Tar Heels Head Into January at .500
Posted January 4, 2002
CHAPEL HILL, N.C. — North Carolina is at just .500 in early January for the first time in 48 years. But there is hope the Tar Heels can overcome one of the more disastrous starts in school history.
Stunning season-opening home losses to Hampton and Davidson led to an 0-3 hole, a loss of confidence, grumbling fans and thoughts of what No. 1 Duke would do to this group of fumbling and bumbling Tar Heels.
Angry and confused, baby blue supporters wondered if North Carolina could stay within 40 points of the Blue Devils, not whether the Tar Heels would crack the top 25 by season's end.
Now, a modest three-game winning streak in late December that included victories over lightweights North Carolina A&T and Texas A&M has the team at 5-5 heading into the bulk of the Atlantic Coast Conference schedule.
North Carolina is still a fragile team, but better shooting and ballhandling and improved play by three freshmen have coach Matt Doherty cautiously optimistic before Saturday's game against No. 23 Wake Forest.
"I am back shaving with steel razors and my wife is giving me a real steak knife and not the plastic one," Doherty said. "I feel a lot better because I think our team is playing with confidence, they're playing loose, they're executing better and they've played hard."
The last time North Carolina was at .500 heading into January was during the 1953-54 season, when the Tar Heels were 3-3. The team then won four in a row before finishing 11-10.
Doherty, a member of North Carolina's 1982 national title team, is still a young head coach, and certainly doesn't have the experience of predecessors Dean Smith and Bill Guthridge.
But Doherty didn't push the panic button when the young Tar Heels got off a rocky start in December and fell to 2-5 after a loss to College of Charleston on Dec. 21. He did what Smith and Guthridge would have done - let seniors Jason Capel and Kris Lang lead.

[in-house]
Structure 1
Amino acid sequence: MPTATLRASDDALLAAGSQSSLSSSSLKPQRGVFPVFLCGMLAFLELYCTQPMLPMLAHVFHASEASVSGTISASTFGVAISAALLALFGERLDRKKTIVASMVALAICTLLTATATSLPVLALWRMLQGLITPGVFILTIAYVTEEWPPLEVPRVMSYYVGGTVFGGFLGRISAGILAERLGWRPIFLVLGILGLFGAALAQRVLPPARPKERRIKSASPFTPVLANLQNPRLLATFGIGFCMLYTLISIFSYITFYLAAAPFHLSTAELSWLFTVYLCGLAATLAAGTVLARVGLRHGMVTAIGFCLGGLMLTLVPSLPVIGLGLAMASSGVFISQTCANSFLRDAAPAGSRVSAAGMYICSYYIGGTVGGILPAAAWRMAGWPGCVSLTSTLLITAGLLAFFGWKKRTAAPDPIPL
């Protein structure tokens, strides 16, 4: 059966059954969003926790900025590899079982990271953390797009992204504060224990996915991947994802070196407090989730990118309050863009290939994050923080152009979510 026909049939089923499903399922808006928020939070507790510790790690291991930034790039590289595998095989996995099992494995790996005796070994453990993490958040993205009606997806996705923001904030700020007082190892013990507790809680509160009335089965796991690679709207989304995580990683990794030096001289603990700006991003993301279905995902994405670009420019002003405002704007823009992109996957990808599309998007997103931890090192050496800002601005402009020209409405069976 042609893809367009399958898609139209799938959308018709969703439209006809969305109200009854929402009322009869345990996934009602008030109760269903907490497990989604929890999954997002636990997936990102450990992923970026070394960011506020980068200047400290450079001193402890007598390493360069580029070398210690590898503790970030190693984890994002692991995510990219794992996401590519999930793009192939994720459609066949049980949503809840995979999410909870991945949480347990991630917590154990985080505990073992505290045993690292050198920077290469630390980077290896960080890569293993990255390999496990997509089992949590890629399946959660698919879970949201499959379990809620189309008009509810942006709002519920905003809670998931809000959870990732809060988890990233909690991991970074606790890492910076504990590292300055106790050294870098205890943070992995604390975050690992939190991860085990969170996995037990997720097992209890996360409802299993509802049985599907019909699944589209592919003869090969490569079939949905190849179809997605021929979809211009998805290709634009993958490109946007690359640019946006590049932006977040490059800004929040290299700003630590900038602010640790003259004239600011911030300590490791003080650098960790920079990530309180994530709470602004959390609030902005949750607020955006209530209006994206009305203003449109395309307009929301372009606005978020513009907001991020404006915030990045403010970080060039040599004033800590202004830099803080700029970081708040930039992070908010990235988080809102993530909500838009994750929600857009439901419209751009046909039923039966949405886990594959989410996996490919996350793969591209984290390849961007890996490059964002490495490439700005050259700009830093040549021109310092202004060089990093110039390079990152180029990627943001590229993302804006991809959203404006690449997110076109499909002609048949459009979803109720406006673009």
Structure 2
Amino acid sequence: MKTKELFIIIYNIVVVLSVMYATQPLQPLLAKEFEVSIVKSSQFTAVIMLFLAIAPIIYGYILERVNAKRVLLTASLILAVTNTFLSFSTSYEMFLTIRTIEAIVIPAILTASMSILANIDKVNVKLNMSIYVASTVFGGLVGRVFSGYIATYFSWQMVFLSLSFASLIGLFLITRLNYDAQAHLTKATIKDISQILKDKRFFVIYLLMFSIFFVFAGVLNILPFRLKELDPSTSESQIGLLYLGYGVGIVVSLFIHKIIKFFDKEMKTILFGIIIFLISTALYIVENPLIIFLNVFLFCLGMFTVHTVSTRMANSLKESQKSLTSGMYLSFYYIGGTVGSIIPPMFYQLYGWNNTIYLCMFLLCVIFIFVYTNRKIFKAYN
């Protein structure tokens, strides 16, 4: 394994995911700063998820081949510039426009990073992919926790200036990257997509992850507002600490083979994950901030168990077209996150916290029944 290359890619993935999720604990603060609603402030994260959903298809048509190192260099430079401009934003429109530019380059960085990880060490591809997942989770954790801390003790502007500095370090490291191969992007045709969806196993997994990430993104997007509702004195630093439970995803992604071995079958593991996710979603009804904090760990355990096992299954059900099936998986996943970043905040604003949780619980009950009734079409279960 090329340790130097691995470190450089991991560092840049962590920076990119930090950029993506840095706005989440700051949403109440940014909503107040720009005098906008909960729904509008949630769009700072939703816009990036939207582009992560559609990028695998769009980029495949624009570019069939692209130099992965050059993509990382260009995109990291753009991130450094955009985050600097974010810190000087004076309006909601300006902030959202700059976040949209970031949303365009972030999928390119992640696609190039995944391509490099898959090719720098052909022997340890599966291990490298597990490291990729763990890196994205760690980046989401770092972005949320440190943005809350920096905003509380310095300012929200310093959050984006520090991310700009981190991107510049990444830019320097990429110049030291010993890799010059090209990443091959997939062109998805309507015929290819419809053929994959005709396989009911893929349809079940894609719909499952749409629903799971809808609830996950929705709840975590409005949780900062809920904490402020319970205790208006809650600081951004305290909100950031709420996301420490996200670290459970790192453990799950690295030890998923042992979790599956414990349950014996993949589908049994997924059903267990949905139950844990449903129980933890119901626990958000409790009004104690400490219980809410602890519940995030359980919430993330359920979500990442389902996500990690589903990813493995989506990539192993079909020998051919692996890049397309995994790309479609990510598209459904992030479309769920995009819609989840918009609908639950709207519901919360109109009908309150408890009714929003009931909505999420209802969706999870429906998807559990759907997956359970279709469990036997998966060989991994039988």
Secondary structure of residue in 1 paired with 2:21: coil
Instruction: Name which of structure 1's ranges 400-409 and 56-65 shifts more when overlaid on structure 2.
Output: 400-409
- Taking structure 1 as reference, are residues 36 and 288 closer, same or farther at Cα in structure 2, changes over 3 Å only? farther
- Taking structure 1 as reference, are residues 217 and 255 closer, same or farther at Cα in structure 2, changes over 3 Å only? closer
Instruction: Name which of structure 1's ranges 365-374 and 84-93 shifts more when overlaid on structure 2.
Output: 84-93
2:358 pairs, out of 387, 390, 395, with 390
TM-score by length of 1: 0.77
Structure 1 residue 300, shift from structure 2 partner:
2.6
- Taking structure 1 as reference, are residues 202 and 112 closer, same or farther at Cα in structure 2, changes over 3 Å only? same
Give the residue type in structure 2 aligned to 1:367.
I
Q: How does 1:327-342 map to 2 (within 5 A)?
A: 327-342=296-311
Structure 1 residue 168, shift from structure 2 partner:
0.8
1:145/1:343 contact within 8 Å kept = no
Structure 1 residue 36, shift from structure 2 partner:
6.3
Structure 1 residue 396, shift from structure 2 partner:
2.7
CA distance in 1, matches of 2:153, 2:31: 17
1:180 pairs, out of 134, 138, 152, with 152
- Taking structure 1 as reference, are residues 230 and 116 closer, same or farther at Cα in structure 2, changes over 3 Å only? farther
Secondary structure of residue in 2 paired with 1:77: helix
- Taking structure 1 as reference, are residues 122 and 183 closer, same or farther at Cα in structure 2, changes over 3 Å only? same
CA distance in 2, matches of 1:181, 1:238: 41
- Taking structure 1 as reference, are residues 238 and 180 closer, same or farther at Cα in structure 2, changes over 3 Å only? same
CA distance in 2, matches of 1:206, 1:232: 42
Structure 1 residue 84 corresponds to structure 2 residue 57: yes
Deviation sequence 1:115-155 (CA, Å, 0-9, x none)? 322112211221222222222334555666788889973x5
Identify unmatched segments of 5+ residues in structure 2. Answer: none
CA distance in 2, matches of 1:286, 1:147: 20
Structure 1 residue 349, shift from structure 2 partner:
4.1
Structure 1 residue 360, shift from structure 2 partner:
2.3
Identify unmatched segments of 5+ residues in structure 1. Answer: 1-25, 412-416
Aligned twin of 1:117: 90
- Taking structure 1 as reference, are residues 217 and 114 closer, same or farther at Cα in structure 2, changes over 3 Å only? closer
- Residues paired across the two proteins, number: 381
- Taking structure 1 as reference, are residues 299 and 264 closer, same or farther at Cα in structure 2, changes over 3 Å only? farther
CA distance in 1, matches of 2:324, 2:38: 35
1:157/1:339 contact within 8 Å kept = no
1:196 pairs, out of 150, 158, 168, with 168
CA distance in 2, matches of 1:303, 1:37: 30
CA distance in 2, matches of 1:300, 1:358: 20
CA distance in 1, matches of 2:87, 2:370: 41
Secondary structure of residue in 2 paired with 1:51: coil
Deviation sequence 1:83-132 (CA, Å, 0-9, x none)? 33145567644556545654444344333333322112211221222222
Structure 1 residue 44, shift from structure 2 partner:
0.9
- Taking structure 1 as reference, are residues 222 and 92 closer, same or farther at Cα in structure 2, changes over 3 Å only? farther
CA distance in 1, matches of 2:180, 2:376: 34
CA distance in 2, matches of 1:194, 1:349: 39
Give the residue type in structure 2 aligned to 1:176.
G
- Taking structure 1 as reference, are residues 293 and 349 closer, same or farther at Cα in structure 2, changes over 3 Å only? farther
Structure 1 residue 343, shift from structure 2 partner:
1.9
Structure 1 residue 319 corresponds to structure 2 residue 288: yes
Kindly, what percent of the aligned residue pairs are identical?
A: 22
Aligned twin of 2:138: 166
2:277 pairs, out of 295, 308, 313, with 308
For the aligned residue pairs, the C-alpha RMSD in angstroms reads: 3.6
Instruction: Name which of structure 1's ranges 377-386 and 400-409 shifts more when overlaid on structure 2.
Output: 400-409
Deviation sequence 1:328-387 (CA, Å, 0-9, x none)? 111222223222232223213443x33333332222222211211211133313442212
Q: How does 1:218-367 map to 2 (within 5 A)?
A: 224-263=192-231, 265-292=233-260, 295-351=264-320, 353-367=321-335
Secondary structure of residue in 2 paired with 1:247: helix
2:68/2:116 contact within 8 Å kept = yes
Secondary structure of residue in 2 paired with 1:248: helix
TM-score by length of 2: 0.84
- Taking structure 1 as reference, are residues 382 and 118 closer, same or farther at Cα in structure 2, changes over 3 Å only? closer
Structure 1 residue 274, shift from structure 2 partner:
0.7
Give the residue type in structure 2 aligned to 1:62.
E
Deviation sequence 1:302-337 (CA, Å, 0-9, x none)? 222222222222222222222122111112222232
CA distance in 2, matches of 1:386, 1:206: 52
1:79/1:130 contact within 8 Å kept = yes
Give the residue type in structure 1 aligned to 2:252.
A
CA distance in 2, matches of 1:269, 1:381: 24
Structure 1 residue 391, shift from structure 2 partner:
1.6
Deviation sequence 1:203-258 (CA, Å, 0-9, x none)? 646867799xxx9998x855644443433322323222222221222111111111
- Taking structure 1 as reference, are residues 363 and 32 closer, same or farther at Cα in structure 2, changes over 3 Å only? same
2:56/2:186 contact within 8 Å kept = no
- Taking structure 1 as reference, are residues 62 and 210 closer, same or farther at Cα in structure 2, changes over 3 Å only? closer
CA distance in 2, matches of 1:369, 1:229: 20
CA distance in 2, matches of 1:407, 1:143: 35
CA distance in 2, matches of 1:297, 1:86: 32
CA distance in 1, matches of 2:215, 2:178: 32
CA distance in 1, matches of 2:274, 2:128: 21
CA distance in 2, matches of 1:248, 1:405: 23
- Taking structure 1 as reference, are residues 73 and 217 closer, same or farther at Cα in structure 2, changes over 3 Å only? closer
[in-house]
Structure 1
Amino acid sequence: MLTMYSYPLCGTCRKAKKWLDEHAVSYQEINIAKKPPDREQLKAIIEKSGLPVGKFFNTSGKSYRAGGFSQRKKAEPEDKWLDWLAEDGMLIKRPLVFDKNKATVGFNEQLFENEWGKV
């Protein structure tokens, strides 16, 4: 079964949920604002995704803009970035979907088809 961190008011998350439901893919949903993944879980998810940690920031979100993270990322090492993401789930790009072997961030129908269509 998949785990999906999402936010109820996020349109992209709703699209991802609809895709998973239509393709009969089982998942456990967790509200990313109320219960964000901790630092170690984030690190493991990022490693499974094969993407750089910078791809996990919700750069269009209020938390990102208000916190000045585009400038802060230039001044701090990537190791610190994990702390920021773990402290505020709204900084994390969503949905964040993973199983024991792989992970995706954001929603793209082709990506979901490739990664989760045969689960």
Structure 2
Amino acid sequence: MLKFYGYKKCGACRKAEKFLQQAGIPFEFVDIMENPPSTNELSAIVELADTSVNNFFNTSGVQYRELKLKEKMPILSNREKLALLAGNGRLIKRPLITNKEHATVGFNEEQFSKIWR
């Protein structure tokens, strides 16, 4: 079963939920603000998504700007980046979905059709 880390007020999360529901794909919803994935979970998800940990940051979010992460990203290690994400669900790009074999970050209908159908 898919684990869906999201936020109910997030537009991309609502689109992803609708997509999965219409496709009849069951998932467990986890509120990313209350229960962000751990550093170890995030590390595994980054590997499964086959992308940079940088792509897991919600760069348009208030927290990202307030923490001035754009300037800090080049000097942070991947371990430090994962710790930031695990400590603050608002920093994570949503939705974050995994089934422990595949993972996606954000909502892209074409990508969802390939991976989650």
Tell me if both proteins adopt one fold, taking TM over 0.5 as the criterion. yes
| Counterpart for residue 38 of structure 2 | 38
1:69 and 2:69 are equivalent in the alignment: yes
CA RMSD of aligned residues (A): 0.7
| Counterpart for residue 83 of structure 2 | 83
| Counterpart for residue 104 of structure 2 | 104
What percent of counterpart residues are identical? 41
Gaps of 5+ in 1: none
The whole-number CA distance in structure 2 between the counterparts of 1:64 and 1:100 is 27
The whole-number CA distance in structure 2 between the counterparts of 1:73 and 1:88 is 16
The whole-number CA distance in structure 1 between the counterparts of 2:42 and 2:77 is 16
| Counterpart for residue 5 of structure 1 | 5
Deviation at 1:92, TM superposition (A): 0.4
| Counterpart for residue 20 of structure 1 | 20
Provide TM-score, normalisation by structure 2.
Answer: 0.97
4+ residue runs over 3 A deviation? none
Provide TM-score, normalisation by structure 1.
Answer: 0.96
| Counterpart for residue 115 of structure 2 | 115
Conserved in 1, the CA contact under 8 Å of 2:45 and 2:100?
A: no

"I feel like I've handled this well," Doherty said. "Do I like losing? No. But through that stretch the important thing was to keep the team positive and to keep the team together. I thought we did that - me, the staff, the seniors, the other players. Jason and Kris deserve most of the credit.
North Carolina's two major streaks - 27 straight NCAA tournament bids and 31 consecutive 20-win seasons - are far from guaranteed, but they're not as farfetched as a month ago.
"This winning streak has given us a reason to believe, it has given us a breath of fresh air," Capel said. "We've worked so hard and now we're seeing the benefits from it. To have a young team, to be able to overcome and stick together and believe in each other and to grow as a team, it's a good feeling."
In December, Doherty also made a few subtle moves that have paid off.
He trimmed his offense to make things simpler for his younger players, switched freshman Jawad Williams from the outside to under the bucket to take advantage of his rebounding ability, and helped 3-point ace Brian Morrison regain his confidence.
Doherty also developed some depth when Lang went down with a knee injury.
"The thing that jumps out has been our unselfishness," Doherty said. "We're moving the basketball, limiting our turnovers and making shots.
"You know, we lost our first game and we've got a lot of young guys. They got nervous and that's natural. They weren't sure where they were supposed to be, they weren't sure of their teammates. We just had to get more comfortable with each other and more confident. We tried to give them more freedom on the floor and they are enjoying that."
North Carolina's season could turn one way or the other again in the next seven days, considering the Tar Heels play the Demon Deacons, No. 8 Maryland and No. 4 Virginia.
"I'm not saying we've cleared through the woods at all, and this league can be brutal," Doherty said. "You can play well in the ACC and still lose."
"Everybody goes through slumps and this team went through a slump," added Capel. "Hopefully, we've shot our way out of it. We're taking good shots now and we're setting each other up for good shots. When you do that good things are going to happen."